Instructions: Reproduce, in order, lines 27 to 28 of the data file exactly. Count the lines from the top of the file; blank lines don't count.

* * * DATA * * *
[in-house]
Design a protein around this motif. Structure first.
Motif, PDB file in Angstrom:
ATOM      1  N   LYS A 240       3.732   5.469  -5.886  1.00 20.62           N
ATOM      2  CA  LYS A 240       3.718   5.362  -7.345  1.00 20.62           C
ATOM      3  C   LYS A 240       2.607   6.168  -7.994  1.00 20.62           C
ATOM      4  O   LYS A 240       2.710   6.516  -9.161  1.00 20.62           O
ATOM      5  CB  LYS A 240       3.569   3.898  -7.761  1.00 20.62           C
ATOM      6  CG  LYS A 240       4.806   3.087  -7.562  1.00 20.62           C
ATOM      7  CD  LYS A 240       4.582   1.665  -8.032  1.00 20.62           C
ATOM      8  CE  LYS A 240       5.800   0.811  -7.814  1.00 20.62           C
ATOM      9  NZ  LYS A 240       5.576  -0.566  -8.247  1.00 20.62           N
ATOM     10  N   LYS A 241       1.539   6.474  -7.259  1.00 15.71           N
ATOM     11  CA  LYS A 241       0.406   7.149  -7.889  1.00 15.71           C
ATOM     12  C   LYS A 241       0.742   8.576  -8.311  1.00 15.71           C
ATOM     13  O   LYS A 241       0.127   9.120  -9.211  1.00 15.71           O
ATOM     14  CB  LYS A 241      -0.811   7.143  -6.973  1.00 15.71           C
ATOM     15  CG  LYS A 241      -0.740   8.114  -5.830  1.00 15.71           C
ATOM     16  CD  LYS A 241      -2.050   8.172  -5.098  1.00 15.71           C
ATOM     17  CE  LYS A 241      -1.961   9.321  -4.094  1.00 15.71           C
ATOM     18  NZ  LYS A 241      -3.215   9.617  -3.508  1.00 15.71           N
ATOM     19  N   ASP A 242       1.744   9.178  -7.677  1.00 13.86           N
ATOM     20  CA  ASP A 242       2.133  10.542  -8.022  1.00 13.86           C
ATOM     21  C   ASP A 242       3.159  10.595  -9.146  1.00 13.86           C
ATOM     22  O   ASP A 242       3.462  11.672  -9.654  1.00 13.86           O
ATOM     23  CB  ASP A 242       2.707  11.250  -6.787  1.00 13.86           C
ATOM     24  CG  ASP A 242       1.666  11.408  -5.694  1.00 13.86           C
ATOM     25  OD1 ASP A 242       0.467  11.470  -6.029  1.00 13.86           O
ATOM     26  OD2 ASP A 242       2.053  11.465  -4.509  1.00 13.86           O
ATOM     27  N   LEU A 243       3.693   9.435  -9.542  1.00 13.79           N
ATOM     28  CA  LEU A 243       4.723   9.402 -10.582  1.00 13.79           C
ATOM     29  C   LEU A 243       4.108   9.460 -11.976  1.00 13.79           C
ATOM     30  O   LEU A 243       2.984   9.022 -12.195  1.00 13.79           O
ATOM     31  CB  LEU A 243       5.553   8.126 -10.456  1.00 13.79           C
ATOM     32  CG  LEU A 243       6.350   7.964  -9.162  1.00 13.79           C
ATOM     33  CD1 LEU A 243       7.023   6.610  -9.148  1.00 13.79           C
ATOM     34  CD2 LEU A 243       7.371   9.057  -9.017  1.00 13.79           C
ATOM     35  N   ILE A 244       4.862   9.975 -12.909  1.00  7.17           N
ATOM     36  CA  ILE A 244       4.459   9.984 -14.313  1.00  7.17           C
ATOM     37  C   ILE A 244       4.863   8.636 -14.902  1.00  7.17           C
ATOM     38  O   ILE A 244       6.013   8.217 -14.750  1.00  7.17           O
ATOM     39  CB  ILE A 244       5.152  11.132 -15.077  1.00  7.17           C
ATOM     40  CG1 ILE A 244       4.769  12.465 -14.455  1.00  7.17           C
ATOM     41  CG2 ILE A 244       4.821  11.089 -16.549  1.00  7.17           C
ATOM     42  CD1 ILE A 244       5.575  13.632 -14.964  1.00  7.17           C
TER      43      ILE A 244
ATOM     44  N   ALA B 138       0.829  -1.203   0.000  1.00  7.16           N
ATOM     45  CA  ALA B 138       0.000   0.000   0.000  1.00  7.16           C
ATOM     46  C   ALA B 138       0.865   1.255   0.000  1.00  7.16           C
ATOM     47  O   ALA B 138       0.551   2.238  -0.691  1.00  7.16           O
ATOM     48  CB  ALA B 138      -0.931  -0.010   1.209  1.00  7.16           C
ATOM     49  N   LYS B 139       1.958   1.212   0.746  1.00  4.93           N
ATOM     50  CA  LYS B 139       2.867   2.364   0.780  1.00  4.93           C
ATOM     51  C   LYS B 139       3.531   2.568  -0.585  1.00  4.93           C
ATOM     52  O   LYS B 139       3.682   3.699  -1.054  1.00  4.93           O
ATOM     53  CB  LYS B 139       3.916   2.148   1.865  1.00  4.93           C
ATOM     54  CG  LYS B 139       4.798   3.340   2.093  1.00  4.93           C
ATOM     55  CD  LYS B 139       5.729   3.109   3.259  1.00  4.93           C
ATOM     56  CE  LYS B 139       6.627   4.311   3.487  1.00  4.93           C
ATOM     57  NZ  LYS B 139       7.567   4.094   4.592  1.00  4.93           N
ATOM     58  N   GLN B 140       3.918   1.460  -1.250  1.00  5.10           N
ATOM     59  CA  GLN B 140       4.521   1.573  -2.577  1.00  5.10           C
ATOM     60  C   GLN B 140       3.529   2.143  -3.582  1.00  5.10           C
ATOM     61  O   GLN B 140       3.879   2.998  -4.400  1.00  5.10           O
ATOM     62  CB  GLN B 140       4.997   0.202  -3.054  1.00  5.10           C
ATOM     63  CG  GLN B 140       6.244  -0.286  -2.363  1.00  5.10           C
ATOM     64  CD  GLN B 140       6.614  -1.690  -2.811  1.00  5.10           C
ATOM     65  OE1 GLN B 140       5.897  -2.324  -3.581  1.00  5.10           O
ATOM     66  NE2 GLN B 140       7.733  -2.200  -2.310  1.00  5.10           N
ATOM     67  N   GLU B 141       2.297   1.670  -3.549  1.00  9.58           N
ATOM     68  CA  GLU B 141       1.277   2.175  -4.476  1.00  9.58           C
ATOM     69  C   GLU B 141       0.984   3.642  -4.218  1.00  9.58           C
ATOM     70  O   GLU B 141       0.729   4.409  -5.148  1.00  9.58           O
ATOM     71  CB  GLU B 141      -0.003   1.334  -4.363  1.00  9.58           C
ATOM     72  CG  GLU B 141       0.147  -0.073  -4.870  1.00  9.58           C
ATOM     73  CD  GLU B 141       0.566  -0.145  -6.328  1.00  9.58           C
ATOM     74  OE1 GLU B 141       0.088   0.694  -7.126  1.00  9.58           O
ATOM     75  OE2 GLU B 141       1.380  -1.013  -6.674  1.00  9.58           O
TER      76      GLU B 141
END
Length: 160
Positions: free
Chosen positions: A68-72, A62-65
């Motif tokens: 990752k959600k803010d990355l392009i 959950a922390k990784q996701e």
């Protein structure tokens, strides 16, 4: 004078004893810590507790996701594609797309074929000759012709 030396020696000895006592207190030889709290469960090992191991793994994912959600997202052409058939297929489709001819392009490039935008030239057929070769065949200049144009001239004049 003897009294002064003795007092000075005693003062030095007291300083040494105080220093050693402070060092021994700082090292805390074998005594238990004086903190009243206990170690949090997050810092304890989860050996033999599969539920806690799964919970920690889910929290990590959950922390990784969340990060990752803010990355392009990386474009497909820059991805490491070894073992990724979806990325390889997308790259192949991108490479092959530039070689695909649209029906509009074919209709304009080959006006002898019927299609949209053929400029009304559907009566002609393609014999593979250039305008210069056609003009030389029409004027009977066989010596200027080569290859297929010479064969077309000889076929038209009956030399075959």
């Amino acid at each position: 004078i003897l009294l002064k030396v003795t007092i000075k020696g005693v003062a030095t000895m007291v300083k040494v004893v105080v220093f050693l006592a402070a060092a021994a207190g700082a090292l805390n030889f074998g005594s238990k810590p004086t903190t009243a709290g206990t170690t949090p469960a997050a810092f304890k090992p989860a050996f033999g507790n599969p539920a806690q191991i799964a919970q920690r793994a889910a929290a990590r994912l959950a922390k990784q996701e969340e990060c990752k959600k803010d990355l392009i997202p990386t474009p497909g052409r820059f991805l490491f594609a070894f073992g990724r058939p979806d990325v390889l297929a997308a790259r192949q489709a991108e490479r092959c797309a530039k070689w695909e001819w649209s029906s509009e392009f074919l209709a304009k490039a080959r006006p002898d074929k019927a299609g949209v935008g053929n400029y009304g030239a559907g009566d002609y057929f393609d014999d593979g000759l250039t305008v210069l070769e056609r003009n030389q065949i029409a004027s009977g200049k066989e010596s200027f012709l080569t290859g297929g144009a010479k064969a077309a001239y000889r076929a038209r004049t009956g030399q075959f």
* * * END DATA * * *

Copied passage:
ATOM     24  CG  ASP A 242       1.666  11.408  -5.694  1.00 13.86           C
ATOM     25  OD1 ASP A 242       0.467  11.470  -6.029  1.00 13.86           O